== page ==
We examined variation in body size, head width, and head shape between males and females of two ecologically distinct species of plethodontid salamanders, Eurycea aquatica (Brownback Salamander) and Eurycea cirrigera (Southern Two-lined Salamander). Female-biased sexual dimorphism in body size occurred in E. cirrigera but not in E. aquatica. Male-biased sexual dimorphism in relative head width occurs in both species. Furthermore, male E. aquatica had larger heads than did male E. cirrigera. We also found significant differences in ventral and lateral head shape between male and female E. aquatica (sexual dimorphism in head shape), but male and female E. cirrigera did not differ in head shape. Males of the two species also significantly differed in both ventral and lateral head shape, while females of the two species differed in ventral head shape but not in lateral head shape. Because sexual dimorphism differed between the two species in different characteristics (body size, relative head width, and head shape), we concluded that these species experience dissimilar levels of sexual selection, ecological selection, or both, possibly as a result of their divergent habitat preferences. Our study represents one of the few reported examples of sexual shape dimorphism in salamanders.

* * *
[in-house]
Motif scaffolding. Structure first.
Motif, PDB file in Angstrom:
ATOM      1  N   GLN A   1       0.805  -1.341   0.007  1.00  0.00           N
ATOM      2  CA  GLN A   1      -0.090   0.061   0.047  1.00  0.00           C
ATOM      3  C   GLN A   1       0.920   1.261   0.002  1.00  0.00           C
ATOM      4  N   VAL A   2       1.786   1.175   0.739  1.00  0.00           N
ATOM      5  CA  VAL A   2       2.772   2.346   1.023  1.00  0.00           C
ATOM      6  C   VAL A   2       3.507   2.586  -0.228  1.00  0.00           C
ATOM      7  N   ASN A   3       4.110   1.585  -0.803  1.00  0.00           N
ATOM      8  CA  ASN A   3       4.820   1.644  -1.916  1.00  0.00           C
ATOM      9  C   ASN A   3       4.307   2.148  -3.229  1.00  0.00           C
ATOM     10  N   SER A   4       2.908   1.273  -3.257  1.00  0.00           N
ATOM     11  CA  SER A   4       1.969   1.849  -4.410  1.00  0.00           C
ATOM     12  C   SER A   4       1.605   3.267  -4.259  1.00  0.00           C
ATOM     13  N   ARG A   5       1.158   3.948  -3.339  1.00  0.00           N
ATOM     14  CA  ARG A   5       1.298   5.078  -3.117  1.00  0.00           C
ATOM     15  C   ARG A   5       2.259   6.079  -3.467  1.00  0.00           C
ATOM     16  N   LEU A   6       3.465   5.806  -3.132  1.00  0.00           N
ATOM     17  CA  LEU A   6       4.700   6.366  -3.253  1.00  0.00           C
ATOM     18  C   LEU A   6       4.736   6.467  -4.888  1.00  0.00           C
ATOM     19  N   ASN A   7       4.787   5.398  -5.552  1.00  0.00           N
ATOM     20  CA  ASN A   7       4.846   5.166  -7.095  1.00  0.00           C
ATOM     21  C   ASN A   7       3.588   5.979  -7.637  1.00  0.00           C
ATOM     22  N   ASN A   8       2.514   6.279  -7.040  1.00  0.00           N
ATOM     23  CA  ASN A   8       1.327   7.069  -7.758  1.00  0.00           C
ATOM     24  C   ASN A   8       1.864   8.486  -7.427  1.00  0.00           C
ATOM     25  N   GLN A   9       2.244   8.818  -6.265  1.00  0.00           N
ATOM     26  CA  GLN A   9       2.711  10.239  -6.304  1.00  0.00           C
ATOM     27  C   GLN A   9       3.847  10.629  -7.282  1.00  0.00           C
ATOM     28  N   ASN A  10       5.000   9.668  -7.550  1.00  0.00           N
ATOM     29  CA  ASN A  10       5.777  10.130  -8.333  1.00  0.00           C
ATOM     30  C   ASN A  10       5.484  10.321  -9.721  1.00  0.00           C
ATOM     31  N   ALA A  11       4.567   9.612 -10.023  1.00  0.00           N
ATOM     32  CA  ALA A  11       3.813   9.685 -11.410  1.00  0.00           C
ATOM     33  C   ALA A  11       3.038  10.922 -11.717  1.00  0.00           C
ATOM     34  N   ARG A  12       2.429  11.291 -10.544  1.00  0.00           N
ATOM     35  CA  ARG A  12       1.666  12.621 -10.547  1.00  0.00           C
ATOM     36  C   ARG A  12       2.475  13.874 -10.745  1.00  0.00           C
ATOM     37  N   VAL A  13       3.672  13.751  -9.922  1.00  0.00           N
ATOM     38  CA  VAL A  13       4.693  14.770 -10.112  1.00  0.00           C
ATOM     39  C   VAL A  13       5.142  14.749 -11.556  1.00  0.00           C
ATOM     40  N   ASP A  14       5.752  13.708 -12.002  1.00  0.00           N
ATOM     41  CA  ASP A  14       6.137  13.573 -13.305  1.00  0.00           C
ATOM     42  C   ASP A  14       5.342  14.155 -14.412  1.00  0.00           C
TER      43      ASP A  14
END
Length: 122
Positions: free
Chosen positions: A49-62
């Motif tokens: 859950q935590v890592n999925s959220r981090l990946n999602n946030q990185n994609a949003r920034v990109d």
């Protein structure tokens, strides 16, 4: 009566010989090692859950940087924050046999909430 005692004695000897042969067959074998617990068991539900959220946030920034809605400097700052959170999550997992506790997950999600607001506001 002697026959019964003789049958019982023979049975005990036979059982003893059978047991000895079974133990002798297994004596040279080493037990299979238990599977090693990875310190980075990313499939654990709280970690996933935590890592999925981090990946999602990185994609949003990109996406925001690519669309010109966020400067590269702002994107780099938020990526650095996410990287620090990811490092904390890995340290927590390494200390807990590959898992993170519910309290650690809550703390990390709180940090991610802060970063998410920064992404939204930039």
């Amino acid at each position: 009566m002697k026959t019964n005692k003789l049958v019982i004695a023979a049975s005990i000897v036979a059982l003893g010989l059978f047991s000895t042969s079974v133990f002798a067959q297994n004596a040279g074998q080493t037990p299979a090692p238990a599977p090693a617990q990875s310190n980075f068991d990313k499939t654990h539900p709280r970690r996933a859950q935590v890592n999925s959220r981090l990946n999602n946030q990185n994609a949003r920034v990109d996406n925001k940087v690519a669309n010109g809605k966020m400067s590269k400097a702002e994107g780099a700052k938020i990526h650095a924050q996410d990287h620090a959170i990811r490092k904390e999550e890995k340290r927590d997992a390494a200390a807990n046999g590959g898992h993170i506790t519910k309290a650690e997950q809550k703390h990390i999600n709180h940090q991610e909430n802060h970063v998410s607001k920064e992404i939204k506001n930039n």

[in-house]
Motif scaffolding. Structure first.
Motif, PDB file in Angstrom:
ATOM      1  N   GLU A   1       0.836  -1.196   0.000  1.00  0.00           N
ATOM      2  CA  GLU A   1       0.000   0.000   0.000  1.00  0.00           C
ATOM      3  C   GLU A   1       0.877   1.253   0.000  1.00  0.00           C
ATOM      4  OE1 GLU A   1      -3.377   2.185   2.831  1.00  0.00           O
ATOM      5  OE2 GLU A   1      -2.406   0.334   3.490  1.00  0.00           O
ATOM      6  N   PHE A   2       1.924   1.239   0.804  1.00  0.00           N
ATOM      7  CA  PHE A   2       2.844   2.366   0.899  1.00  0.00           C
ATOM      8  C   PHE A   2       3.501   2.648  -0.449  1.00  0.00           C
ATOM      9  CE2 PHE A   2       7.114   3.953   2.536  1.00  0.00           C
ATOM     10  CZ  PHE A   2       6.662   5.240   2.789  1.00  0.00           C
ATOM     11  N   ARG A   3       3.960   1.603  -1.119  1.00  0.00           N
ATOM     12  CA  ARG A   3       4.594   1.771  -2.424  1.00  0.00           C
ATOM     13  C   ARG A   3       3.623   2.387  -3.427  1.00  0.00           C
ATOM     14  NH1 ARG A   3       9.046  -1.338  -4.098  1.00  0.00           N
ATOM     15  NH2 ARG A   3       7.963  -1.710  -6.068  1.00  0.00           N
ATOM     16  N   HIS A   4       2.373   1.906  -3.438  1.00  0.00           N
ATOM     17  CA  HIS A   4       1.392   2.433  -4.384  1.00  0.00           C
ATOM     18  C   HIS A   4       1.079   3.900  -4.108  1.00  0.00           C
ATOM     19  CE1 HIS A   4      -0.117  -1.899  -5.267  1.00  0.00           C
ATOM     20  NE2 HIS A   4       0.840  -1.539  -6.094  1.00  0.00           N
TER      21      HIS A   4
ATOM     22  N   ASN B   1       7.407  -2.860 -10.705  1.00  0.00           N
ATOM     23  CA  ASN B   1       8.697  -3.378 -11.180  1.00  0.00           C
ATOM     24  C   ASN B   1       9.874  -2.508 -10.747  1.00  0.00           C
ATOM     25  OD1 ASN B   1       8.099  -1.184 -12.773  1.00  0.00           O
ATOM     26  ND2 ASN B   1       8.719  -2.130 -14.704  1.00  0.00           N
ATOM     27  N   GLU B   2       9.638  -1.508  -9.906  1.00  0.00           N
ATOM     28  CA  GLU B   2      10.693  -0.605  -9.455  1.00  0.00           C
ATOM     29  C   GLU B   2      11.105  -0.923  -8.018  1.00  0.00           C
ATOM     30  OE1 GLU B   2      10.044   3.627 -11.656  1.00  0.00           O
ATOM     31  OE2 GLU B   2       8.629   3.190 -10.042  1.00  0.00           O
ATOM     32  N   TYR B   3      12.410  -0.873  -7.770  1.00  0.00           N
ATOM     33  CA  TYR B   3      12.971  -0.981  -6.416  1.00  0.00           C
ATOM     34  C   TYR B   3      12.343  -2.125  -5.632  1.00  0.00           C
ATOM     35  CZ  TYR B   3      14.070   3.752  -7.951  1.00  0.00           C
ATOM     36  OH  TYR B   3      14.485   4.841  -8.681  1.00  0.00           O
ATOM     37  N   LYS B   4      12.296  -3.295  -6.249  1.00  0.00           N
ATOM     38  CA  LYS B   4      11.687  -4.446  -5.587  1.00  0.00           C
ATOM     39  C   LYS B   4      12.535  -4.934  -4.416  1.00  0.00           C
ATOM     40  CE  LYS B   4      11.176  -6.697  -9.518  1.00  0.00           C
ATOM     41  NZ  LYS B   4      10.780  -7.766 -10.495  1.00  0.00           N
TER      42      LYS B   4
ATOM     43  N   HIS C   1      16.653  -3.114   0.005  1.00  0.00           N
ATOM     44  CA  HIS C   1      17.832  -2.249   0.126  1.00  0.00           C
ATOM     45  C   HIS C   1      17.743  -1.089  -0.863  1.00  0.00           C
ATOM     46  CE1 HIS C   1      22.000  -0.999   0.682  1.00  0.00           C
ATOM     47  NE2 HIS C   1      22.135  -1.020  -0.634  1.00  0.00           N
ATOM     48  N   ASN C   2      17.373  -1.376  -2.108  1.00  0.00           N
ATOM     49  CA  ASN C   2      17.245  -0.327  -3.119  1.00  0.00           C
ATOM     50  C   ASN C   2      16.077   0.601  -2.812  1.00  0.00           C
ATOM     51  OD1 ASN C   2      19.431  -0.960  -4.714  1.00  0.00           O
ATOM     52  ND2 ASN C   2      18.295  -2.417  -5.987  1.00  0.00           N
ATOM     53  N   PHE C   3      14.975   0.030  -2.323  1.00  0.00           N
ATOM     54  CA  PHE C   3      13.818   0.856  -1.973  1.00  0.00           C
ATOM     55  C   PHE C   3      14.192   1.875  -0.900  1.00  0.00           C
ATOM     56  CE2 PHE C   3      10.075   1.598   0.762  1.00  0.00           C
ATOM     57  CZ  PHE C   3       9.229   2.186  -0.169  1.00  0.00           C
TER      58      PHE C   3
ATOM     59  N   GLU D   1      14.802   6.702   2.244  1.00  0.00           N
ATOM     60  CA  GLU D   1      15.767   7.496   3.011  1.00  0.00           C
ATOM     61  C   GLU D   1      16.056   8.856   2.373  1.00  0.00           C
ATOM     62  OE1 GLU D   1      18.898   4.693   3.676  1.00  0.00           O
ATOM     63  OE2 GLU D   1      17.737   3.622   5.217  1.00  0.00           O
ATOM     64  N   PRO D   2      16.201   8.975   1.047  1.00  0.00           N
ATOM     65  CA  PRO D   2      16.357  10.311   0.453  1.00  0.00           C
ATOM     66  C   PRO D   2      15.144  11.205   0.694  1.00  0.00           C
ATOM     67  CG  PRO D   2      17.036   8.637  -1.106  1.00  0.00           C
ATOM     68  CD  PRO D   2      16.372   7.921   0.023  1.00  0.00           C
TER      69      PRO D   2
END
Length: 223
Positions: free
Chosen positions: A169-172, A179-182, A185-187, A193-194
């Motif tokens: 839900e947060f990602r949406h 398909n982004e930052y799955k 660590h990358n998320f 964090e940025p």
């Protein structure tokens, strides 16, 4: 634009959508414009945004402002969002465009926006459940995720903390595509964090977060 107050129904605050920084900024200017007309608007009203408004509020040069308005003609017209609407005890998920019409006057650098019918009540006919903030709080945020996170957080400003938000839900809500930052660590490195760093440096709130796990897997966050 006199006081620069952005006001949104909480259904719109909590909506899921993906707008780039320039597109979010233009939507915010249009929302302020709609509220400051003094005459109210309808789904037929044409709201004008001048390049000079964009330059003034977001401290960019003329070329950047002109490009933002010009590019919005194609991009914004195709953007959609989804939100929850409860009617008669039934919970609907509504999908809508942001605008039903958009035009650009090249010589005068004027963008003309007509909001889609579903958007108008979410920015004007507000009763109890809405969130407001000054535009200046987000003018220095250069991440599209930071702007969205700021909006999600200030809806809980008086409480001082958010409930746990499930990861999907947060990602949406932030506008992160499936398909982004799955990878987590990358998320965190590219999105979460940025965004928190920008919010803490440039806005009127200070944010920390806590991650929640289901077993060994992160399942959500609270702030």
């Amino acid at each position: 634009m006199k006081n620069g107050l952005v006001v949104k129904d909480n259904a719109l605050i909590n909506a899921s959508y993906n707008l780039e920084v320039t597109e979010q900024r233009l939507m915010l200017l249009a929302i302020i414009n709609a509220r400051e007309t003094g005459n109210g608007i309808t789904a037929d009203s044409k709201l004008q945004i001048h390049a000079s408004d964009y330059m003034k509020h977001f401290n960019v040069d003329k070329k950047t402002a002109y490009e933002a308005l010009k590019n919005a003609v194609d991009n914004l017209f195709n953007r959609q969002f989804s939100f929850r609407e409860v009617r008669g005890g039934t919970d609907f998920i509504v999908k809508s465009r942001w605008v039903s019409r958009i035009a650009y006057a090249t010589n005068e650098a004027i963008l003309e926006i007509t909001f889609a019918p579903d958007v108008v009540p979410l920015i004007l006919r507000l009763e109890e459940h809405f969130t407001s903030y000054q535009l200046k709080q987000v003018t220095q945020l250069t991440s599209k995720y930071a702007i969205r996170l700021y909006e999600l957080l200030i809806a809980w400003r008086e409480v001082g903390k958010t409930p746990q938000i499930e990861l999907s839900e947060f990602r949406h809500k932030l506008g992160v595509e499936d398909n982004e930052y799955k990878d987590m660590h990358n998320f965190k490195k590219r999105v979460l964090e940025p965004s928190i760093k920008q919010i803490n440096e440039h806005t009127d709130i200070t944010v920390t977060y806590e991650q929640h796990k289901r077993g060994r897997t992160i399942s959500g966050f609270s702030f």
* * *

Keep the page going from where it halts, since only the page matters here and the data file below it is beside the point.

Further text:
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Vol. 47 • No. 2